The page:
To stop heart palpitations from anxiety, as we have discussed you can try implementing relaxation techniques, reducing your stimulant intake, stimulate your vagus nerve, stay hydrated, exercise regularly and eat healthily. 

Can stress and anxiety cause irregular heartbeat?

Yes, stress and anxiety are known to cause irregular heartbeat. This is normally due to feeling anxious or having a panic attack. 

When should I be worried about heart palpitations?

You should be worried about heart palpitations if they make you feel dizzy, cause you to faint, have shortness of breath or you experience chest pain. In this case, then it is advised to seek immediate medical attention to avoid further complications.

What does a heart palpitation feel like?

Heart palpitations feel like your heart is skipping a beat or you feel like the beatings have increased.

You may feel as if your heart is racing, pounding or fluttering and in addition, you may be more aware of your palpitations and even feel them in your throat, chest or neck. 

How do I know if I have heart problems or anxiety?

You can notice your heart palpitations are due to anxiety because they are temporary and are tend to present during certain situations or under the effect of some substances.

In contrast, if you have a heart problem you may experience chest pain, shortness of breath, numbness, weakness or coldness in your arms or legs. 

However, it is important to get medical advice and assessment to rule out if your heart palpitations are due to anxiety or a more serious condition.

Recommended reading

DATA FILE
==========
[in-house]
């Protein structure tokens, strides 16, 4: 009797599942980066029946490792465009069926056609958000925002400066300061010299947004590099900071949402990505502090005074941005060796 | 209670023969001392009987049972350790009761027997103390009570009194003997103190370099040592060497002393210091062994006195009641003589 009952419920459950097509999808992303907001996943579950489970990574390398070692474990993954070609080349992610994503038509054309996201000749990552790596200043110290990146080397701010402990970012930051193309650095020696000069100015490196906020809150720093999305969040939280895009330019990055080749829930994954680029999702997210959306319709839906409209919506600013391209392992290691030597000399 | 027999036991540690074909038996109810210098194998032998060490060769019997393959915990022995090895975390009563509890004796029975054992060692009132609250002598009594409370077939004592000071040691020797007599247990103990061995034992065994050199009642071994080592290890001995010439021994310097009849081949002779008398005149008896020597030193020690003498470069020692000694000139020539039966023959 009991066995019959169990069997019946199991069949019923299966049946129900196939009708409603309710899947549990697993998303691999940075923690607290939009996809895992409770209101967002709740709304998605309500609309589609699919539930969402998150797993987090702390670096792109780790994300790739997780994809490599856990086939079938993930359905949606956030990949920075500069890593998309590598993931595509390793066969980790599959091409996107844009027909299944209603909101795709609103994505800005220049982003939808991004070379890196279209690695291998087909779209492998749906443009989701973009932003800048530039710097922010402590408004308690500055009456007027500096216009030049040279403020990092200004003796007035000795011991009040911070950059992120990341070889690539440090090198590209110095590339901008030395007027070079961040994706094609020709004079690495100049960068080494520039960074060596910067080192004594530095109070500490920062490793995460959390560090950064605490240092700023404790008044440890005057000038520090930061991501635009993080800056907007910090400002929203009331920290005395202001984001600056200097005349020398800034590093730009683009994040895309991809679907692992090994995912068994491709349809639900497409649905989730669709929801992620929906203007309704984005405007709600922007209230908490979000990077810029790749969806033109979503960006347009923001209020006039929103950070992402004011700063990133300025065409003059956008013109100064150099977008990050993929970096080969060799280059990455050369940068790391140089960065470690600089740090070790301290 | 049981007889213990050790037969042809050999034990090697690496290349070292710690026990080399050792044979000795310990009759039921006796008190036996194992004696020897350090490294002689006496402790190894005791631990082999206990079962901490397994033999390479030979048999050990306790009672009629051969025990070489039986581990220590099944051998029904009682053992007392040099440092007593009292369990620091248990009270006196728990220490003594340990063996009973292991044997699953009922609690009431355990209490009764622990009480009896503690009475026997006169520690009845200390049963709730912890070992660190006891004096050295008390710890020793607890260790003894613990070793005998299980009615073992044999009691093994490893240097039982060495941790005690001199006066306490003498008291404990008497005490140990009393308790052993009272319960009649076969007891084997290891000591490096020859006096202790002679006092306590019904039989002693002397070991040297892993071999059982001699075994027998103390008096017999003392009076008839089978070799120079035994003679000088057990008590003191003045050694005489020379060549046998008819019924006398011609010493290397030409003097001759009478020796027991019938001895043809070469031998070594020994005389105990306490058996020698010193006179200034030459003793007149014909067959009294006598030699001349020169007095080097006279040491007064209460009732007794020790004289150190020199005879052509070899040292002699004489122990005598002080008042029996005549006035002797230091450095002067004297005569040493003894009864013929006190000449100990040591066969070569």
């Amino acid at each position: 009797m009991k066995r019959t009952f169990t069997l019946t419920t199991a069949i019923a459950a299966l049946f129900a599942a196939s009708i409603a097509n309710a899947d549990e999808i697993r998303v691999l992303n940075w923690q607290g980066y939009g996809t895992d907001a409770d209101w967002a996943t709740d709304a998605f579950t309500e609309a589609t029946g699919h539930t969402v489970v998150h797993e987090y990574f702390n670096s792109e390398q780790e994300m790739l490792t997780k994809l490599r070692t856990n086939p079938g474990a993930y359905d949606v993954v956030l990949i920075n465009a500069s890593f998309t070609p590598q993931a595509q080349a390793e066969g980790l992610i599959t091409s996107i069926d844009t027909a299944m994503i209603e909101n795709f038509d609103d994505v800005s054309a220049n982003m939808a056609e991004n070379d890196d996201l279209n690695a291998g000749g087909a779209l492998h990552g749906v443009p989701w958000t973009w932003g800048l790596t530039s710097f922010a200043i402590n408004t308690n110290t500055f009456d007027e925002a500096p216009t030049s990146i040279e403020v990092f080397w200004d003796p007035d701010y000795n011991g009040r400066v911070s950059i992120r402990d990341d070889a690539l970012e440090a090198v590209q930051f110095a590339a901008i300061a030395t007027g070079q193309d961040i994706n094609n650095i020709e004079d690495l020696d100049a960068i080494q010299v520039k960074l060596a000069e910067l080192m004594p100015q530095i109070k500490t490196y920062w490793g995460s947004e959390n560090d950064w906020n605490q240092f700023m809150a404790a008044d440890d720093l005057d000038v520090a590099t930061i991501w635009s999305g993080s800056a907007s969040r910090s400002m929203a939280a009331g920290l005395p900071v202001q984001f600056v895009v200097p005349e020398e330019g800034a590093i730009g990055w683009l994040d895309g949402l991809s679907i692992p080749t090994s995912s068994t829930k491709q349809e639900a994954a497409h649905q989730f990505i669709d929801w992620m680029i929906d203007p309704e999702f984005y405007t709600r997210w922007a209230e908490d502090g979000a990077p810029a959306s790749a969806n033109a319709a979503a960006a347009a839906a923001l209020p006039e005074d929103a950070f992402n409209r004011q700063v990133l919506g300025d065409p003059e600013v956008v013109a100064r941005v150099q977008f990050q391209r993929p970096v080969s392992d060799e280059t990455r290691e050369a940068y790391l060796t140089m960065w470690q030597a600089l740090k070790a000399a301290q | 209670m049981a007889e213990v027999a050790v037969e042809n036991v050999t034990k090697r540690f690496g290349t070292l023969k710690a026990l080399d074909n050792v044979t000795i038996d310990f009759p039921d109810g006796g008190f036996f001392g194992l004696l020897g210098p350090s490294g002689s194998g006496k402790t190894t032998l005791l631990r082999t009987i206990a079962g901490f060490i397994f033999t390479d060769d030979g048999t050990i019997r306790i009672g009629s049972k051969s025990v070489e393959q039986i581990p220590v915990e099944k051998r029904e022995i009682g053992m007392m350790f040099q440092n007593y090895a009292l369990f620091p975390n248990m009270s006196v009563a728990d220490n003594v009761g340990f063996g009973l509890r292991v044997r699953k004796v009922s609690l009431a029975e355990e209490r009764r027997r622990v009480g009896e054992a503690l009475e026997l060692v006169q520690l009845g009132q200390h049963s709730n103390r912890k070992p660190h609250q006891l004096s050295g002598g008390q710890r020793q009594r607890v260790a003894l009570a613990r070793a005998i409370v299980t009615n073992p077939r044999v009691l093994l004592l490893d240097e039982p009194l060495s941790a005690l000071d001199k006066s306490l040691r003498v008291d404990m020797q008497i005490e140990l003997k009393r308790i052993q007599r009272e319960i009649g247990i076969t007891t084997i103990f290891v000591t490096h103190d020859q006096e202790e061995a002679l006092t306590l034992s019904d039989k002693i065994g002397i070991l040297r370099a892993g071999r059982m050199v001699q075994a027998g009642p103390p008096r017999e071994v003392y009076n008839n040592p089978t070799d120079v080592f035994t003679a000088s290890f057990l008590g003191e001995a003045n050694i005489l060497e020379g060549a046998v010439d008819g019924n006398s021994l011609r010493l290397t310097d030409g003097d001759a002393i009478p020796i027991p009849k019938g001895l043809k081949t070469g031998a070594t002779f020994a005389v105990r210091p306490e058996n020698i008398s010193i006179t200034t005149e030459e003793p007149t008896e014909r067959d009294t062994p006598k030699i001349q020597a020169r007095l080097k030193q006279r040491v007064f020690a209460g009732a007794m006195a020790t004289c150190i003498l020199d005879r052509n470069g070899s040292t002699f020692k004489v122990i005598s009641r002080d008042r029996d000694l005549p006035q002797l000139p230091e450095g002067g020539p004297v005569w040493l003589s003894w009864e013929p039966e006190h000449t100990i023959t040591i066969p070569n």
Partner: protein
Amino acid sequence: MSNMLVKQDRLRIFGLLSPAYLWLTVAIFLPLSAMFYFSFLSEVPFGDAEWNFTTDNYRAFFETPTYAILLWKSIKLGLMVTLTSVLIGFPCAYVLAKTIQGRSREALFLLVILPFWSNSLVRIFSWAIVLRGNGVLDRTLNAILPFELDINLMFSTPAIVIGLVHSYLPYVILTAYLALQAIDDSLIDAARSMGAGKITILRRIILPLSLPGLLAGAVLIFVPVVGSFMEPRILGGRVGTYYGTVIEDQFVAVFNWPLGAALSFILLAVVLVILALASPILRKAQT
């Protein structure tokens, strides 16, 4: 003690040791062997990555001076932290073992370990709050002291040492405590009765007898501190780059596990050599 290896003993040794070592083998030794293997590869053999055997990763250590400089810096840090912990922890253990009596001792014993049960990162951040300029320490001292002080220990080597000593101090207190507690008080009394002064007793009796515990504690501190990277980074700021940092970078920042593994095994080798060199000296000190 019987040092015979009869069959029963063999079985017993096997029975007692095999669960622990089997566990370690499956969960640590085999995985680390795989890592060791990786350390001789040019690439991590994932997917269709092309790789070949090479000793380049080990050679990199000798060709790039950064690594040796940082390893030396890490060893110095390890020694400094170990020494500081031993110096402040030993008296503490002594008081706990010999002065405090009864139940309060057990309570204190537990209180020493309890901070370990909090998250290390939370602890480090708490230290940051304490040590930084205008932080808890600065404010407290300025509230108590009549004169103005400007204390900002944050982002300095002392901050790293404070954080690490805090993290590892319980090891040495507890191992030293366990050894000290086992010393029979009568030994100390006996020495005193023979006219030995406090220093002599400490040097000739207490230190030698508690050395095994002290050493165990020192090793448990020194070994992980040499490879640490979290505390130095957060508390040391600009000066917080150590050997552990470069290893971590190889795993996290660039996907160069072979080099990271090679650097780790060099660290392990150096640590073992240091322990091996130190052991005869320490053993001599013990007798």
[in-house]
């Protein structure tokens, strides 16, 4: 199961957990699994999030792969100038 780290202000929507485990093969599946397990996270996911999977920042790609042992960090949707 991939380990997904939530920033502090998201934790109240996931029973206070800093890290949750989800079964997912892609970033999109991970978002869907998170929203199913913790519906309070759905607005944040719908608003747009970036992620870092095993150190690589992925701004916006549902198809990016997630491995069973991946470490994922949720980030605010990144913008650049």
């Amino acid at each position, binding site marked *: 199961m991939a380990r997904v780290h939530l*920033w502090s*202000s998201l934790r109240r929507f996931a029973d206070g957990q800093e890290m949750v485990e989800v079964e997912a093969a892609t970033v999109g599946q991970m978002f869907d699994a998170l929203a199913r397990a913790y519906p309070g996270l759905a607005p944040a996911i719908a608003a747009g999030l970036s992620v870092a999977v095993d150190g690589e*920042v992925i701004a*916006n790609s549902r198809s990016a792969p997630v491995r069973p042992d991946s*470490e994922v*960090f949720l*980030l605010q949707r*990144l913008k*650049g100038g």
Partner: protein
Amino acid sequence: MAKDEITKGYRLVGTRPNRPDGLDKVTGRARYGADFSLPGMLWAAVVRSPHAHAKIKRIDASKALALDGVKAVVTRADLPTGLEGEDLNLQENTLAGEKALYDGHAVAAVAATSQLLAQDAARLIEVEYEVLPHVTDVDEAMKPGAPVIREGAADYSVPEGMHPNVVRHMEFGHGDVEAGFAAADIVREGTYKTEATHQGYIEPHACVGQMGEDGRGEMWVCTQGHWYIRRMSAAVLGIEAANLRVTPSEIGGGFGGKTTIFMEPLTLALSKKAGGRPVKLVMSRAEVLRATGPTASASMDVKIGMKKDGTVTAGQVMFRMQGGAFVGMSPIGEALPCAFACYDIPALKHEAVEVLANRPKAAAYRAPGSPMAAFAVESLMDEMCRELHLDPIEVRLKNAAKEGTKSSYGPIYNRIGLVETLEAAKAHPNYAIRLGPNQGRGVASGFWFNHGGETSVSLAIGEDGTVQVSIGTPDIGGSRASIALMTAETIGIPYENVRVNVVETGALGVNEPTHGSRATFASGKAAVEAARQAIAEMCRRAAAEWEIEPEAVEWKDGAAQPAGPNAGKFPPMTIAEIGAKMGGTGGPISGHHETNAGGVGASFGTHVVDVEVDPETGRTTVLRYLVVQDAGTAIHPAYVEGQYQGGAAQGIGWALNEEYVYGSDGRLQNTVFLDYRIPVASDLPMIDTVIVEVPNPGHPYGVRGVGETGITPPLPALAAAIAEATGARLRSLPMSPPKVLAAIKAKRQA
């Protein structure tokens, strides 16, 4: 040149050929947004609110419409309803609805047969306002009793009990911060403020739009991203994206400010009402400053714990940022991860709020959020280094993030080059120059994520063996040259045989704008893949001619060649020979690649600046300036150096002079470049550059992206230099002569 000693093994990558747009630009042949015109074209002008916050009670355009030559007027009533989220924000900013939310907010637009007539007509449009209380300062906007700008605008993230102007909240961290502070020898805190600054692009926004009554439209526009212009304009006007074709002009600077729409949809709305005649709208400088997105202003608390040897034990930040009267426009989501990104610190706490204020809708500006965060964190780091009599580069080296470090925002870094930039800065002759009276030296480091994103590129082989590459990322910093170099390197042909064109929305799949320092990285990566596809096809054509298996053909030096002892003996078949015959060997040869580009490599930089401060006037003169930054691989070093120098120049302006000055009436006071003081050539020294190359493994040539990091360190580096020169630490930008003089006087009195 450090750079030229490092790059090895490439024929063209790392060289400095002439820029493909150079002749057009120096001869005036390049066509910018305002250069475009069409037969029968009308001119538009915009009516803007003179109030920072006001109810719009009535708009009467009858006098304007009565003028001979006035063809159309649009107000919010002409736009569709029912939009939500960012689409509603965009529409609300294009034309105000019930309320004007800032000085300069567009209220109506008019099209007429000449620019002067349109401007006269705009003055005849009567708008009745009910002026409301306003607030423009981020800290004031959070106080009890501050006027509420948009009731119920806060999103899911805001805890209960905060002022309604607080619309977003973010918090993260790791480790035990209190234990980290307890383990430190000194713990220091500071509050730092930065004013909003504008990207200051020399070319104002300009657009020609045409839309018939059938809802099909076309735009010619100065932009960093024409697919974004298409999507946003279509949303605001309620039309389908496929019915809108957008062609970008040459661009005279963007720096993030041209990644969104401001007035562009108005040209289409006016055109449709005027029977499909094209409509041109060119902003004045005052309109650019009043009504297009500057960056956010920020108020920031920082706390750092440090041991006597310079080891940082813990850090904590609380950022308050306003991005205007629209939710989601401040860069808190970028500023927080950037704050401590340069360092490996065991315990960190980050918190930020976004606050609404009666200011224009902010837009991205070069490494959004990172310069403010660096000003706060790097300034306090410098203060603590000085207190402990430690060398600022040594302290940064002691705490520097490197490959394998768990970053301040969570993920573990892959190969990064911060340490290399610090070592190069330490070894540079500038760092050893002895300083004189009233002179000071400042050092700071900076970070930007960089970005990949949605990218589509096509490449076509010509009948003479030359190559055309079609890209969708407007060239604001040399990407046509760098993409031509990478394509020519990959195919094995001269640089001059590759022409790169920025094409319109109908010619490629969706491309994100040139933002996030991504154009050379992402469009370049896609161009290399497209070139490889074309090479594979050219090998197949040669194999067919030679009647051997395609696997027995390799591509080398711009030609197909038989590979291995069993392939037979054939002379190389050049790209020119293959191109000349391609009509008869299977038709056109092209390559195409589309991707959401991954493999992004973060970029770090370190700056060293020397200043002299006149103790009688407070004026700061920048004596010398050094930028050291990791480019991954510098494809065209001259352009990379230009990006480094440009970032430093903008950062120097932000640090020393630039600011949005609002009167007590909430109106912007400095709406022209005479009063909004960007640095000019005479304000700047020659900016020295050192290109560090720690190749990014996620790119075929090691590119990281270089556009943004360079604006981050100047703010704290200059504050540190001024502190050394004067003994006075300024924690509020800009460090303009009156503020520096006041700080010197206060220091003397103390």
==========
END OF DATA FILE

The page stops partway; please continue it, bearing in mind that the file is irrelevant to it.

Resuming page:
• The End of Heart Disease: The Eat to Live Plan to Prevent and Reverse Heart Disease
  • Prevent and Reverse Heart Disease: The Revolutionary, Scientifically Proven, Nutrition-Based Cure
  • Heart Disease: Drug-Free Alternatives to Prevent and Reverse Heart Disease (What Doctors Don’t Tell You)
  • The 5-Minute Anxiety Relief Journal: A Creative Way to Stop Freaking Out
  • The ABCS of Coping with Anxiety: Using CBT to manage stress and anxiety

What we recommend for curbing Anxiety

Below are some of the services and products we recommend for anxiety

Anxiety Weighted Blankets

  • Anxiety Weighted Blankets are by far the number 1 thing every person who suffers from anxiety should at least try. Anxiety Blankets may improve your sleep, allow you to fall asleep faster and you can even carry them around when chilling at home.

Online Therapy

  • Online therapy is another thing we should all try. We highly recommend Online therapy with a provider who not only provides therapy but a complete mental health toolbox to help your wellness.

Anxiety Course

  • With over 50,000 participants, this anxiety course may be just what you need to regain control of your life.

Light Therapy

What we recommend for curbing Anxiety

Below are some of the services and products we recommend for anxiety

Anxiety Weighted Blankets

  • Anxiety Weighted Blankets are by far the number 1 thing every person who suffers from anxiety should at least try. Anxiety Blankets may improve your sleep, allow you to fall asleep faster and you can even carry them around when chilling at home.

Online Therapy

  • Online therapy is another thing we should all try. We highly recommend Online therapy with a provider who not only provides therapy but a complete mental health toolbox to help your wellness.

Anxiety Course

  • With over 50,000 participants, this anxiety course may be just what you need to regain control of your life.

Light Therapy

  • Amber light therapy from Amber lights could increase the melatonin production in your body and help you sleep better at night.  An Amber light lamp helps reduce the amount of time it takes you to fall asleep and increases overall sleep quality.

References

Mayo Clinic

Medical News Today 

Anxiety Centre

WebMD